Nothing in life is free. The common saying is especially true for medical services. Most states provide hospitals with unique statutory ways of ensuring that they are reimbursed for the services they provide—especially in the case of patients without health insurance. In general, public policy dictates that this medical care is important to our overall society – so it is also important for a hospital to be able to ensure that it is reimbursed for health care services it provides. This ensures that hospitals and medical providers continue providing these services for the public. Hospital liens are also often referred to as “health care provider liens” or “medical liens.” For the sake of simplicity, we refer to them generically as “hospital liens.” Every state handles them differently; and Florida is no exception.
Hospitals or other health care providers are generally allowed to perfect a hospital lien against any lawsuit, claim, or recovery a patient has against a third-party tortfeasor responsible for causing an injury. A simple enough concept—hospitals expect to be paid for the services they render to a patient. In Florida, however, the legislature was not satisfied with having such a simple and straightforward concept.
The Florida legislature separates their statutory laws into two categories – General laws and Special laws. General laws relate to persons or things as a whole. Special laws relate to particular persons or things of class in specificity. State v. Love, 126 So. 374 (Fla. 1930). Initially, Florida’s hospital lien laws were created by one of these special laws (since they pertain to a specific class of thing, hospitals). However, in 2012, the Supreme Court of Florida decreed that the use of special acts to authorize medical liens was unconstitutional under Article III, Section 11. Shands Teaching Hosp. & Clinics, Inc. v. Mercury Ins. Co. of Fla., 97 So. 3d 204 (Fla. 2012). Article III, section 11(a)(9) of the Florida Constitution, states, in part:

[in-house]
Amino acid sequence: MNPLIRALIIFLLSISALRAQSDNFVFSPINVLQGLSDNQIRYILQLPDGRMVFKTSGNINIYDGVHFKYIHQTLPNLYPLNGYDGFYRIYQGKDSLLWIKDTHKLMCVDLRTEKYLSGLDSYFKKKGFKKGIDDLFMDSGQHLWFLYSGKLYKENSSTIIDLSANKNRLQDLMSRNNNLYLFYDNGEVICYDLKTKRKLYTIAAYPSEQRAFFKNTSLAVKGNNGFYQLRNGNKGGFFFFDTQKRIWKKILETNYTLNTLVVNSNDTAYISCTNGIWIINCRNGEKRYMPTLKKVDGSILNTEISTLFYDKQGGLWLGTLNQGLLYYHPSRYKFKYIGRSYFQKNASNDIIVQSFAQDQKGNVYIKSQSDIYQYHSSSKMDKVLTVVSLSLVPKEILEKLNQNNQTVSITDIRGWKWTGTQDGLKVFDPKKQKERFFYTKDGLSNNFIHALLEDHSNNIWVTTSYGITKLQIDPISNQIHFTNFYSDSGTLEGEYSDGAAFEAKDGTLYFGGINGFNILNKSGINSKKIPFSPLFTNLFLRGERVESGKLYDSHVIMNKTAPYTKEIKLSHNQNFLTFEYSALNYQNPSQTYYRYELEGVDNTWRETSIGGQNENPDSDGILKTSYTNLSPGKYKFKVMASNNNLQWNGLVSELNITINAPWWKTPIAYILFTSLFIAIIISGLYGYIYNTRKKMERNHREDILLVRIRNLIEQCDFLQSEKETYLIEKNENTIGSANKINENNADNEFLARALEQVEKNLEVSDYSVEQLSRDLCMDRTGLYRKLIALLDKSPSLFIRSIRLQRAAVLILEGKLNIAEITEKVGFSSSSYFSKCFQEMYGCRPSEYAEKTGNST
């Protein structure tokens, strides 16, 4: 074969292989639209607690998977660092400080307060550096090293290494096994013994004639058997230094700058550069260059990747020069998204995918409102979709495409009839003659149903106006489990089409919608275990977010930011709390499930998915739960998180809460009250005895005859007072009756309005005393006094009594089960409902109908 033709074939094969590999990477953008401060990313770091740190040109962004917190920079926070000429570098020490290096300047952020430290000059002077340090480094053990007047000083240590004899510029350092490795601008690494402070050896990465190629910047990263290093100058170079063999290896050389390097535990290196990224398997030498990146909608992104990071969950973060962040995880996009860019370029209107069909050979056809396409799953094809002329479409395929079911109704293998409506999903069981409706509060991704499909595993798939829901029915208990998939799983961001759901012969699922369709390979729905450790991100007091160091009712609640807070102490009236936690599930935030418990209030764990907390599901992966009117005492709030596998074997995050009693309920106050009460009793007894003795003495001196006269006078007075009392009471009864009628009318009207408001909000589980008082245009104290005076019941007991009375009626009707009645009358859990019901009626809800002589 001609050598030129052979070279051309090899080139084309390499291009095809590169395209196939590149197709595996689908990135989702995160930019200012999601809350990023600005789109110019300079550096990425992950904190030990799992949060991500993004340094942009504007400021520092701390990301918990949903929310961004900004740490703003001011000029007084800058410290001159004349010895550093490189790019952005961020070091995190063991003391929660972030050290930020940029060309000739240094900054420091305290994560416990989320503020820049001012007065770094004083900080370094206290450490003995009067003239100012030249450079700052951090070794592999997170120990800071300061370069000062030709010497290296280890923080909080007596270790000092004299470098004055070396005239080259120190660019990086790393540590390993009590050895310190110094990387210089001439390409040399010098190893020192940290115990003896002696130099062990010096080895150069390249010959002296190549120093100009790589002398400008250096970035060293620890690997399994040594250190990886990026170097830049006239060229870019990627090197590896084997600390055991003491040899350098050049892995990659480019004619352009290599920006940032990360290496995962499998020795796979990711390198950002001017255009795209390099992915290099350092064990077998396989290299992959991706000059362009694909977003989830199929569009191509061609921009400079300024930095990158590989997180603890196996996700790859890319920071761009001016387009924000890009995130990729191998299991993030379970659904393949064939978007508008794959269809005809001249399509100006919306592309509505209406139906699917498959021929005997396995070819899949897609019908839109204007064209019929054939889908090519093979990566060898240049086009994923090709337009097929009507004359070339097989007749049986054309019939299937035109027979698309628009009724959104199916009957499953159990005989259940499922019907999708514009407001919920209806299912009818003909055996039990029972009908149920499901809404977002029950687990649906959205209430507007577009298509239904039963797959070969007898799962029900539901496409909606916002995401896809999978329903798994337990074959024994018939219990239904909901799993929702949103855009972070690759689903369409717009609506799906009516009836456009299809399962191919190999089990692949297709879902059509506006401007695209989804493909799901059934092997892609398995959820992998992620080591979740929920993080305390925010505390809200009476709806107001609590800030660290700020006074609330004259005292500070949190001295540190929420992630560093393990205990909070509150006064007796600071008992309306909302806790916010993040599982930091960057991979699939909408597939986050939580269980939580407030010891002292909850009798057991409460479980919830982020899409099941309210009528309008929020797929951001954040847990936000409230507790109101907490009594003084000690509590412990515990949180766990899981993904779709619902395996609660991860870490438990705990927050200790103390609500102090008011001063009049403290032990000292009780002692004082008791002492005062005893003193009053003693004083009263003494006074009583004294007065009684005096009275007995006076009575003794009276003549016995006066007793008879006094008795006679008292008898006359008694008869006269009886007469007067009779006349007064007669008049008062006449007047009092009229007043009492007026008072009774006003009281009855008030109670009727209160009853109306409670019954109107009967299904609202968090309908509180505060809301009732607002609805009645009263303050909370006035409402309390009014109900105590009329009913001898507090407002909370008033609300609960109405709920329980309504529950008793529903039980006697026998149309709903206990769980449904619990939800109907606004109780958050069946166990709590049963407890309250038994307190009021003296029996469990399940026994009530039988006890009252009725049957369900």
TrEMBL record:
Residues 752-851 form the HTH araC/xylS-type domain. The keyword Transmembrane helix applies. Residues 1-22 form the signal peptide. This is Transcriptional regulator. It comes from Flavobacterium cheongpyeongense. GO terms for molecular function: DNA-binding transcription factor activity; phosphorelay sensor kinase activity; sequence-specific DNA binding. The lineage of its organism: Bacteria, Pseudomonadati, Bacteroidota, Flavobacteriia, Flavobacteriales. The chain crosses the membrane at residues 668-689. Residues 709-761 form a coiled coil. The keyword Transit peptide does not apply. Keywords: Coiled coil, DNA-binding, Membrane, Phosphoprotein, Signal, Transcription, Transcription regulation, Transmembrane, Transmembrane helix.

(a) There shall be no special law or general law of local application pertaining to,
(9) creation, enforcement, extension, or impairment of liens based on private contracts, or fixing of interest rates on private contracts
In Shands, the court ruled that if a county has issued a “county ordinance” which granted the ability for a medical provider to enforce a hospital lien, this was a valid and enforceable way for a medical provider to record and enforce their hospital lien. Id. at 210—211. The Supreme Court ruled that these county ordinances did not violate any state statutes and any county which had enacted one of these county ordinances “validly exercised its broad powers of local self-government in enacting the Ordinance.” Id. at 211. The county ordinance was deemed enforceable in the Shands case even though the Alachua County Ordinance at issue in that case had language nearly identical to the unenforceable “special law” Id. at 209—211.